May 07, 2008 (LBO) – Standard & Poor’s (S&P) has warned of the narrowing maturity of Sri Lanka’s commercial debt just as the country opened its Treasury bill market to foreign investors. “The rising share of external debt, estimated at about 49 percent of total, and within that, the proportion of more expensive and shorter-maturity commercial funds, is gradually eroding what has so far been a relatively favorable debt profile,” S&P said in a report on rated sovereigns in Asia.
“Sri Lanka’s debt composition has also changed adversely, in terms of currency, maturity, and source.”
S&P said many of the Asia-Pacific sovereigns which had enjoyed high growth and low inflation are likely to continue to be on a strong footing.
“But just like in consuming food and wine, while the prudent ones eat and drink in moderation, a few don’t seem to know when to apply the brakes,” S&P said in a report titled When Times Call For Prudence, Will Asian Sovereigns Show It?
“For the sake of short-term pleasure, those few might be willing to overlook increasing signs of a looming hangover or even longer-term health damage.”
The reported highlighted Sri Lanka, Vietnam and Indonesia as countries to “keep an eye on”.
“In the face of mounting challenges, policy responses will naturally shape consequences, including rating actions,” S&P said.
Sri Lanka has been finding it difficult to extend the maturity of its short-term debt this year as credit conditions tightened in global capital markets.
A call for a 300 million dollar syndicated loan of 5 years or more in March resulted in a commitment of just 50 million dollars in 5-year money. A commitment for a further 150 million dollars came with a one-year put option.
Other lenders were prepared to lend only one year money. The deals are expected to be closed this month. In June a 250 million dollar bond issue is falling due.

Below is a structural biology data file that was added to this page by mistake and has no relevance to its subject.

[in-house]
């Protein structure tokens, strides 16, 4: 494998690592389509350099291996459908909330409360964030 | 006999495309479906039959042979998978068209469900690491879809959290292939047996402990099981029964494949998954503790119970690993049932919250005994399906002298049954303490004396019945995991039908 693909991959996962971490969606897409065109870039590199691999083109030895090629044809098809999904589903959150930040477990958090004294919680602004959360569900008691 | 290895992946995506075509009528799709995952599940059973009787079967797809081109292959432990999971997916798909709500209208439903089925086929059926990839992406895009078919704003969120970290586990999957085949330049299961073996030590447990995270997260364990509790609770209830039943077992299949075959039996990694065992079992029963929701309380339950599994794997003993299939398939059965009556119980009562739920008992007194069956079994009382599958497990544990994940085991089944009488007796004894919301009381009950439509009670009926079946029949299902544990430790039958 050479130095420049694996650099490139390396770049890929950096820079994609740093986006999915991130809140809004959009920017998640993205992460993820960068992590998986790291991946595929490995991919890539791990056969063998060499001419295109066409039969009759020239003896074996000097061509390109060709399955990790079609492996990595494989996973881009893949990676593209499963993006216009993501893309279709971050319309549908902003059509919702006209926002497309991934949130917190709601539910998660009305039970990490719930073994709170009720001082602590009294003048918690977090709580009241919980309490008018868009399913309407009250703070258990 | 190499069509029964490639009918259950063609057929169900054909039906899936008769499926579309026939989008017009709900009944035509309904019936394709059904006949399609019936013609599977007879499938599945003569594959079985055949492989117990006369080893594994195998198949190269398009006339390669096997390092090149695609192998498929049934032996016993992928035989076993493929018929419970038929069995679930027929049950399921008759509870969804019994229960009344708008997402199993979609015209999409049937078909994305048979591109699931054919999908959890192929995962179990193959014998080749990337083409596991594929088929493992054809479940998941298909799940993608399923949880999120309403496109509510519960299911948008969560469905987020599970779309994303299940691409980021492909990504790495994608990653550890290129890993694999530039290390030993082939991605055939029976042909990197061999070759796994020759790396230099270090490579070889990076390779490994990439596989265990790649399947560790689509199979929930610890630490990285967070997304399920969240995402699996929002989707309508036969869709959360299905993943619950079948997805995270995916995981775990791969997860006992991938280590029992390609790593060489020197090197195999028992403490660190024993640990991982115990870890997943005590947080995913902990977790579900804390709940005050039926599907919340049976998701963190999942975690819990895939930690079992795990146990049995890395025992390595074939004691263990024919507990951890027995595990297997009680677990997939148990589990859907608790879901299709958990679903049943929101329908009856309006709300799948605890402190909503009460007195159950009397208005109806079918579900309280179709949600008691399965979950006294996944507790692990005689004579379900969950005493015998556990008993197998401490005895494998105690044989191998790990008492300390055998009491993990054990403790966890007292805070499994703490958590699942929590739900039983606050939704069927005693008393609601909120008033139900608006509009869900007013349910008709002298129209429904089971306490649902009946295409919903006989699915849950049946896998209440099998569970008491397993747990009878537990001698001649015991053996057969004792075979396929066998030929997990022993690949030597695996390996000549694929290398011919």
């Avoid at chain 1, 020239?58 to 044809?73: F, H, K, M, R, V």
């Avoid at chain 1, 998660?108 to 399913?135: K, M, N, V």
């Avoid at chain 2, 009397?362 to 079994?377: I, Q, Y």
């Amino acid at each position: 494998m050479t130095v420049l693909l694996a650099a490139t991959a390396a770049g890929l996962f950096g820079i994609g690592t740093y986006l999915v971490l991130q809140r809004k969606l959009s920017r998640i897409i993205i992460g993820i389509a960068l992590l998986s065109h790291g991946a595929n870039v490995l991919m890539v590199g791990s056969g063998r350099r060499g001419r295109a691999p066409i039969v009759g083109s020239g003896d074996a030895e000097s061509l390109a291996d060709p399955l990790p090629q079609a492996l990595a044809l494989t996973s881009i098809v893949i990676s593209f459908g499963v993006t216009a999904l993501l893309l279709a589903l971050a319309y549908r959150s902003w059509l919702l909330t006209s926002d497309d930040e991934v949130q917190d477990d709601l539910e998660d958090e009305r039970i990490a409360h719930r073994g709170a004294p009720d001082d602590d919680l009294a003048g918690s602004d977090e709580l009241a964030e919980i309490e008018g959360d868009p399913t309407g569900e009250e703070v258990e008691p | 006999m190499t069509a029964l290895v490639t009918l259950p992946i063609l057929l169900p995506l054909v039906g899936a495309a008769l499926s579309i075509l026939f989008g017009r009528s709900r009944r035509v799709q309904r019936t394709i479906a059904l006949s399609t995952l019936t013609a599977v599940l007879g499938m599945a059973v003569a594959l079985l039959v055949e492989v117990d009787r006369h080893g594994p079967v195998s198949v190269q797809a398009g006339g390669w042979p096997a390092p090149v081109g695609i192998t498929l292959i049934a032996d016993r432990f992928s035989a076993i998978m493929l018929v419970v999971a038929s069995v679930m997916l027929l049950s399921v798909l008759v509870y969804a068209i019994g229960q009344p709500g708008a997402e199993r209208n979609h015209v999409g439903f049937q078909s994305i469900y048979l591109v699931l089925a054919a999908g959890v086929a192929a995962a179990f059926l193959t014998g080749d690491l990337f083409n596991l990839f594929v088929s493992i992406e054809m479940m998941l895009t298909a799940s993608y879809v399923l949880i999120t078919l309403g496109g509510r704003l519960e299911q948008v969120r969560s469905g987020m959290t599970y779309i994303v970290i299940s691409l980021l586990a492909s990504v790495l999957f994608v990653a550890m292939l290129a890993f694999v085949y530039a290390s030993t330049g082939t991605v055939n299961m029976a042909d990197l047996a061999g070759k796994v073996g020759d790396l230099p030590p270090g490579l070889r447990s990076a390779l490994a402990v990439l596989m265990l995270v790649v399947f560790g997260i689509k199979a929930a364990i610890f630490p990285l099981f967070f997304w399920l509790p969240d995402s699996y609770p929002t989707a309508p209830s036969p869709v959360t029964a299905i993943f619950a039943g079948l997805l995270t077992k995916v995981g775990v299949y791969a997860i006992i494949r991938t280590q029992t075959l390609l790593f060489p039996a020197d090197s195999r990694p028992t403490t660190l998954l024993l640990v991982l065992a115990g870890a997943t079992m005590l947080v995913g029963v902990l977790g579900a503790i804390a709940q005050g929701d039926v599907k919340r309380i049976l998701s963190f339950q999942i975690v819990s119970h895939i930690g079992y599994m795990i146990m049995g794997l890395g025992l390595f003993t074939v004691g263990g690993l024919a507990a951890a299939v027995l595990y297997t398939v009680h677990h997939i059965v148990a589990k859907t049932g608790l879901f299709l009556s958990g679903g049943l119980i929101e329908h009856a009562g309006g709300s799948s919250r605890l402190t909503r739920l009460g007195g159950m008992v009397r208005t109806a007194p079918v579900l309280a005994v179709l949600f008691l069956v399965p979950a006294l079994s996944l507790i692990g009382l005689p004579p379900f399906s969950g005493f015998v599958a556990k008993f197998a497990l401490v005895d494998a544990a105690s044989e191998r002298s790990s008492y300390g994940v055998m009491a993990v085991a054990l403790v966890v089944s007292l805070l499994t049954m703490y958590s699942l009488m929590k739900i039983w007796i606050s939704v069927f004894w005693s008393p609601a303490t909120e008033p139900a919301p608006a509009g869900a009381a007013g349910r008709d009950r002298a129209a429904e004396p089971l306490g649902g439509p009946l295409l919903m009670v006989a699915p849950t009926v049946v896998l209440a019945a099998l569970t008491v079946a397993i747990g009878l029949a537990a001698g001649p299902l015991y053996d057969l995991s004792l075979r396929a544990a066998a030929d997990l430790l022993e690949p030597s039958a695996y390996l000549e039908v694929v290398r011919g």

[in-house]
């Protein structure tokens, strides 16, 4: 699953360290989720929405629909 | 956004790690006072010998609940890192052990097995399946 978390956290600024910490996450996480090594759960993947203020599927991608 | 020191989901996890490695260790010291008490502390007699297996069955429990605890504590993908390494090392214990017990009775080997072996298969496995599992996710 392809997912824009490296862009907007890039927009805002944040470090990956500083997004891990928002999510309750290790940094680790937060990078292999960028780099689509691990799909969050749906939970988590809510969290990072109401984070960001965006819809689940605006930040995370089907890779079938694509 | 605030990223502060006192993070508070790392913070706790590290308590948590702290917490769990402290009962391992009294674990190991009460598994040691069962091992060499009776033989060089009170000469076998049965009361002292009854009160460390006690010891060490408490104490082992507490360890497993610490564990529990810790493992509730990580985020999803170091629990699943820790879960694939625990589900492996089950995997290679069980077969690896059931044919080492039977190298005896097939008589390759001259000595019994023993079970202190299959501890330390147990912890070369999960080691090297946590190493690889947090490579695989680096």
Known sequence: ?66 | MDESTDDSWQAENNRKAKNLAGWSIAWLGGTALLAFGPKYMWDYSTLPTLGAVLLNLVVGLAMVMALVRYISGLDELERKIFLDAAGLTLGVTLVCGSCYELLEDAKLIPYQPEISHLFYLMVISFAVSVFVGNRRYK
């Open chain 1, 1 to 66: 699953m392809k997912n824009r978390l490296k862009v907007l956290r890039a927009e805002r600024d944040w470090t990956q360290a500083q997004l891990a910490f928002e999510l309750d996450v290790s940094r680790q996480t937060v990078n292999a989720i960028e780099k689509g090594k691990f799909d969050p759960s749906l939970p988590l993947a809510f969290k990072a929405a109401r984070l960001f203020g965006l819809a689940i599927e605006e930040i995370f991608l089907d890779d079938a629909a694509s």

In the first half of 2007, the government was able to sell around 400 million dollars worth rupee denominated Treasury Bonds with a significant volume of 5-year bonds being sold to foreigners.
However, post-July 2007 buyers of rupee bonds – mainly hedge funds – have tended to trade down to shorter maturity bonds, of 11 to 15 months.
The Treasury bills are issued in 3, 6, and 12 – month maturities.
Sri Lanka budgets have weakened in recent years and budgets deteriorated after subsidies, expanding the public sector and an intensifying conflict became key policy imperatives.
S&P has rated Sri Lanka B+ but its outlook was cut to negative this year, but the underlying rating has so far been maintained. Fitch cut its rating by one notch to B+.
“Any signs of further fiscal slippage, either through rising expenditures or lower revenues, or a more adverse shift in government borrowing patterns, would lead to a rating downgrade,” S&P said.
“Failure to adopt such measures could threaten macroeconomic stability and ratings.”
Sri Lanka’s inflation at 25 percent in April 2008 also put the country’s macro-economic management skills on public display.
“Sri Lanka’s persistently high inflation, currently at more than 20 percent year on year suggests a need for more forceful policy actions to restore price stability.
“The lack of progress toward fiscal consolidation indicates that the government continues to prioritize growth and uses high levels of government expenditure to achieve it.”